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9-10 November 2023
Copthorne Hotel Oriental Bay, Wellington

Invited Speakers
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Catherine Soana Latailakepa Tu’akalau NP

Specializing in child health, primary care Nurse practitioner

Pasifika Health Service, Pacific Health Plus

Catherine, from Luatuanu’u in Samoa and Ma’ufanga and ‘Ofu in Tonga, is also Wellington’s first Pasifika nurse practitioner. She is one of only eight Pacific nurse practitioners in New Zealand.

Catherine completed her Certificate in Health Science, Conjoint degree in Bachelor of Health Science and Nursing at the University of Auckland and went on to completing her postgraduate certificate and diploma in Nursing at Massey University. In 2021 Catherine did her training on the Children’s ward at the Hutt Hospital. Having worked in secondary care, she has seen the repetitive cycle of Pacific and Maori children being admitted to hospital for preventable illnesses such as Pneumonia, Bronchiolitis and Viral Induced Wheeze. Catherine has witnessed the social and financial burden this has on pacific families when their children are admitted into hospital. Now she has moved into primary care and is sharing her expertise and skills across two pacific health providers, working part time at Pacific Health Plus and Pacific Health Service Hutt Valley.  She completed her Nurse Practitioner training in completing a master’s in nursing in 2021.

In 2020, Catherine was deployed to Samoa under the Pasifika Medical Association to assist in the measles pandemic. She joined a team of 14 members that included mental health and clinical registered nurses, doctors, psychologist, and social workers.


Since she has become a Nurse Practitioner, In 2022, Catherine presented at the Nurse Practitioner international conference that was held in Dublin, Ireland. Her presentation explored pacific health models in the context of developing community-based initiatives and the need for cultural competency to be the forefront of our health workforce to provide quality care.

Catherine sits on the ICN/APN/NP committee and is co-chair. She attended the ICN conference in Montreal, Canada in July this year to present their bid to host the next ICN/APN/NP conference here in Wellington in 2026.

She has a firm stance on upskilling our current nursing workforce and ensuring equitable and sustainable pathways are easy to navigate. She believes transitioning into primary care can assist in bridging the gap between Primary and secondary care. In addition, working alongside our community health teams, church leaders to establish health initiatives to prevent ambulatory service hospital rates thus reduce health inequities to improve pacific health outcomes.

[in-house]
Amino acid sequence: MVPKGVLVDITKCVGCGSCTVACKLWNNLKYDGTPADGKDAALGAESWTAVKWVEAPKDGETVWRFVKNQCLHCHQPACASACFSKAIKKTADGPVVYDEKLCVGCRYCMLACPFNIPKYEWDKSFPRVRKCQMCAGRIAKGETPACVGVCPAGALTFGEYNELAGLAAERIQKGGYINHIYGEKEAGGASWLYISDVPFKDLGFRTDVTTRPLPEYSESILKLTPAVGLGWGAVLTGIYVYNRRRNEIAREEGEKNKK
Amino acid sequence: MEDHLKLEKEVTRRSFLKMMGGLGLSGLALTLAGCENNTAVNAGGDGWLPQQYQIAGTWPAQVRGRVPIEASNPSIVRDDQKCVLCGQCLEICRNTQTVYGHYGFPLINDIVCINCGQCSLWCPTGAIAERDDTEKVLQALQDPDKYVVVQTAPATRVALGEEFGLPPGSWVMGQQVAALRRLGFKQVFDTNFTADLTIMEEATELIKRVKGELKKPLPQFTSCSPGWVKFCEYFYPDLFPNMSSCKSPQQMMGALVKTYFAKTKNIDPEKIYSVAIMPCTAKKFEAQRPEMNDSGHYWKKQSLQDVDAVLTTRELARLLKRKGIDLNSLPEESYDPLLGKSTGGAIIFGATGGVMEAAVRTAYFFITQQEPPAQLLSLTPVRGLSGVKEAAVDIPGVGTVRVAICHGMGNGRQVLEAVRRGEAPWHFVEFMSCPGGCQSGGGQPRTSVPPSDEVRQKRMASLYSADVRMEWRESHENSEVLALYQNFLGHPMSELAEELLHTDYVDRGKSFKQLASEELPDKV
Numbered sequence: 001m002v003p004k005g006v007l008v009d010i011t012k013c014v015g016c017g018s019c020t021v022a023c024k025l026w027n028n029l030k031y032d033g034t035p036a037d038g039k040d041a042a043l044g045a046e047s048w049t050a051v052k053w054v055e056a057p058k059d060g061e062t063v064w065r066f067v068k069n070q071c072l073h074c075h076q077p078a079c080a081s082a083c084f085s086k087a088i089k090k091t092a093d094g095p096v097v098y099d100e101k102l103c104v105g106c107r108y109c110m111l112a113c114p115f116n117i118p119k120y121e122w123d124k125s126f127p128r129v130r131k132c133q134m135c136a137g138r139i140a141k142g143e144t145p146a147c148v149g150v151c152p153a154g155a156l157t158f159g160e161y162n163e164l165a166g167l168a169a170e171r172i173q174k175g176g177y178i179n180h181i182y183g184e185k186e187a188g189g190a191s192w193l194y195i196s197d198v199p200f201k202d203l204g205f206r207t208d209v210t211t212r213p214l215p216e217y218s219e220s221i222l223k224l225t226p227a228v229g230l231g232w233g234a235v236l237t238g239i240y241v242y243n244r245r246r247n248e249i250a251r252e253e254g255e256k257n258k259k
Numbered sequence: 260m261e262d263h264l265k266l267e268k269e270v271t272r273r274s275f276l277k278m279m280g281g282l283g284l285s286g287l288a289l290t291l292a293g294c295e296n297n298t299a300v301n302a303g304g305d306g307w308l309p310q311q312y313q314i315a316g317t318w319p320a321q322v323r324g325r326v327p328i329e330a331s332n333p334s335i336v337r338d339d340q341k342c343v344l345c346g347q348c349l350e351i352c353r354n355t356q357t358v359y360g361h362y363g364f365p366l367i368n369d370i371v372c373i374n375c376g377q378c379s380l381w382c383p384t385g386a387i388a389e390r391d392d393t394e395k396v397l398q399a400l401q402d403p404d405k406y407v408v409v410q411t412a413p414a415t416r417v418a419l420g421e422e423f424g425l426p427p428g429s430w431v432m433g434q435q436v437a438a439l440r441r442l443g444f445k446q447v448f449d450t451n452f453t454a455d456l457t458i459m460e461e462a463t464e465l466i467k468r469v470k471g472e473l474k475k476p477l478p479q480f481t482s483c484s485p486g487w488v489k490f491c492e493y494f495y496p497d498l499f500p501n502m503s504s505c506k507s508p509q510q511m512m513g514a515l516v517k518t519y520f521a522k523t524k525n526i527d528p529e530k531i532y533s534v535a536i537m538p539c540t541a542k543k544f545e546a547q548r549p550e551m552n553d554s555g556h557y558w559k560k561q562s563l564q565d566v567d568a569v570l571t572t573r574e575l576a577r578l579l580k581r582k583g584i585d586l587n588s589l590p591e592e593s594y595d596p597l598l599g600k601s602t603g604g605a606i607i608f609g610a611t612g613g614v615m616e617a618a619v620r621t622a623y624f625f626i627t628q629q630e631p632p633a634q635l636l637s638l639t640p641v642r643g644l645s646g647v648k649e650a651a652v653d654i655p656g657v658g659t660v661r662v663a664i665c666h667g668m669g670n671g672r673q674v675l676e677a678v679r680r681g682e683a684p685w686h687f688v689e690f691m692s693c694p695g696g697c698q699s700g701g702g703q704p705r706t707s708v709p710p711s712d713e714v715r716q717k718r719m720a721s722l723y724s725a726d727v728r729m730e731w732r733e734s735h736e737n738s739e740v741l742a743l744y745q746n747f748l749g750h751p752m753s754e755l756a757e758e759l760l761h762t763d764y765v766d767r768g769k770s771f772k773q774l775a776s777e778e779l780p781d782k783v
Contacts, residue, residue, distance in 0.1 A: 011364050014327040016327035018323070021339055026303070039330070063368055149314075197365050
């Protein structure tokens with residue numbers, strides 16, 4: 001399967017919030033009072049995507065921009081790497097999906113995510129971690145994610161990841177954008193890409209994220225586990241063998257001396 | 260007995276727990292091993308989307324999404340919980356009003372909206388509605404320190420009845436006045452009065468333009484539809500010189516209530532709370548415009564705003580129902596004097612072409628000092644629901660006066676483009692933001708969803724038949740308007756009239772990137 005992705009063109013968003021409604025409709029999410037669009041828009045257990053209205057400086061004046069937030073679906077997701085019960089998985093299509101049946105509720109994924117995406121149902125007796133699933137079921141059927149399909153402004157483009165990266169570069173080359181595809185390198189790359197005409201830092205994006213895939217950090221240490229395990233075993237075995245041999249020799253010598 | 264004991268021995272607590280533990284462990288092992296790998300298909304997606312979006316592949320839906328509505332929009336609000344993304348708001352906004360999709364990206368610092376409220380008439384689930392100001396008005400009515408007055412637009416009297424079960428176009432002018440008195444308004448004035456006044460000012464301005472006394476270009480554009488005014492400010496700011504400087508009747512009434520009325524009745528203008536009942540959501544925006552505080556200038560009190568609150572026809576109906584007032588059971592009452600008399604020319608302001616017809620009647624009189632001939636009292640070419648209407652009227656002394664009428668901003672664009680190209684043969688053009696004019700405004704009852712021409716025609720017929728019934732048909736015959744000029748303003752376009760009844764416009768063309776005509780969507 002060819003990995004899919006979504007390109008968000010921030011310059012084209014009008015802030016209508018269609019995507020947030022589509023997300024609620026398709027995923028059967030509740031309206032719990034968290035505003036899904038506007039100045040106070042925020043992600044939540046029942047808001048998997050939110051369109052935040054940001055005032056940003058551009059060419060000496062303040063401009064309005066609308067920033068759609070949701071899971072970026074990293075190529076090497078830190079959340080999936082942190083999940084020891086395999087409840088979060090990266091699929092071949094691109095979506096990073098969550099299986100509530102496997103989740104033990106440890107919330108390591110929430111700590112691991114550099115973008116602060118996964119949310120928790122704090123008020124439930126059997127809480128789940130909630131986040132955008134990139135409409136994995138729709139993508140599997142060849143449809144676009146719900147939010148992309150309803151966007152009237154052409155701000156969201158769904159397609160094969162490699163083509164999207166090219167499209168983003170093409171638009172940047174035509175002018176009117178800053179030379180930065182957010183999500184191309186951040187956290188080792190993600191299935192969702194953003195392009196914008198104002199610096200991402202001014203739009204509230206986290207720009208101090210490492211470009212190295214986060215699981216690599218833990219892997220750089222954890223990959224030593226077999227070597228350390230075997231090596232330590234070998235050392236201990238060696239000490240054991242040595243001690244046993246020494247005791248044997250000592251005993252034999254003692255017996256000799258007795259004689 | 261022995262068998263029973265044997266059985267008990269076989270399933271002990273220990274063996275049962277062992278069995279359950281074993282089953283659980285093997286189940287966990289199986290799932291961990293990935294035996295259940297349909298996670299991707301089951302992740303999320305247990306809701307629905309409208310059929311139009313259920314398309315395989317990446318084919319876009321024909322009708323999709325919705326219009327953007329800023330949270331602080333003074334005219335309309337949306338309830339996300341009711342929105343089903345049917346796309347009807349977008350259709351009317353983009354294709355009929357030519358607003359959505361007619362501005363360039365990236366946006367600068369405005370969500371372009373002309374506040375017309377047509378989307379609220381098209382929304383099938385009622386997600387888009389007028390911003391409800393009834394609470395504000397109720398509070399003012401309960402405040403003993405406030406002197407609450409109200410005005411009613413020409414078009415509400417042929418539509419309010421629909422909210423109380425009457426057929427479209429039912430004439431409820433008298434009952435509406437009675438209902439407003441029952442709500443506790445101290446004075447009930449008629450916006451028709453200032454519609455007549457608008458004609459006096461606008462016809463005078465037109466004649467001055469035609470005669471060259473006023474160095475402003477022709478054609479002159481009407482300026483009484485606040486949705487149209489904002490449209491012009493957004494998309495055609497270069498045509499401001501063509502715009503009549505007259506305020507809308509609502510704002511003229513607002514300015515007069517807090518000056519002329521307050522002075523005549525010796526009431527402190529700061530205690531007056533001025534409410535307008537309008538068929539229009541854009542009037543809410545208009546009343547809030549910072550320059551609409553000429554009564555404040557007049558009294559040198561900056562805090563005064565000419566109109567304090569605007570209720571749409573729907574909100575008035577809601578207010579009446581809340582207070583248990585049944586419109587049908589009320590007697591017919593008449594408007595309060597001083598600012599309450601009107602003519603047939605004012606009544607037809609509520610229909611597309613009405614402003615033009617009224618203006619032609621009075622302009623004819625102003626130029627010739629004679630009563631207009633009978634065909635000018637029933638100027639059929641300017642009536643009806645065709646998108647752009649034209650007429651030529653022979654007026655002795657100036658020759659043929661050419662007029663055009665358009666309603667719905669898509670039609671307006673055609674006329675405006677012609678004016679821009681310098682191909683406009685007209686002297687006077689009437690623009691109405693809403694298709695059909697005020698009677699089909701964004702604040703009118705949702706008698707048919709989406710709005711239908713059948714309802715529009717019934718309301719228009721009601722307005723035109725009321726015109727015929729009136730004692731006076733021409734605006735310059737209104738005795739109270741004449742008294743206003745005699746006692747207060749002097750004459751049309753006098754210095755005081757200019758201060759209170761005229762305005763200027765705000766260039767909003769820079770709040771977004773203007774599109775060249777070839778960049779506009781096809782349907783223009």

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Kathy Holloway - Director of Nursing, Victoria University

Director of the School of Nursing, Midwifery, and Health Practice, Victoria University

Associate Professor Kathy Holloway is the Director of the School of Nursing, Midwifery, and Health Practice at Te Herenga Waka Victoria University of Wellington. She has held multiple senior nursing leadership roles over the last two decades and is the current tau iwi co-chair of the National Nursing Leadership group. This is the peak nursing body in New Zealand representing senior leaders from across the nursing sectors of policy, regulation, employment, professional bodies and education working to progress their commitment to equity through the development of a sustainable nursing workforce. Kathy served as a Board member for the College of Nurses for eight years and is a current College Fellow. She also served as a ministerial appointment on the Nursing Council  of New Zealand for seven years. A registered nurse originally educated at Wellington Polytechnic, Kathy worked as a specialist nurse overseas and completed her doctorate in 2011 at University of Technology Sydney. Through her research and national leadership roles Kathy is involved in clarifying the potential of nursing expertise to improve the patient experience and inform workforce planning models.

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Anne Daniels - President NZ Nurses Organisation

President, NZNO

Tēnā koutou katoa.

Ki Opotiki te whenua tupu

Ko Ōtepoti te Kainga

Kei NZNO ahau e mahi ana

Ko Anne Daniels tōku ingoa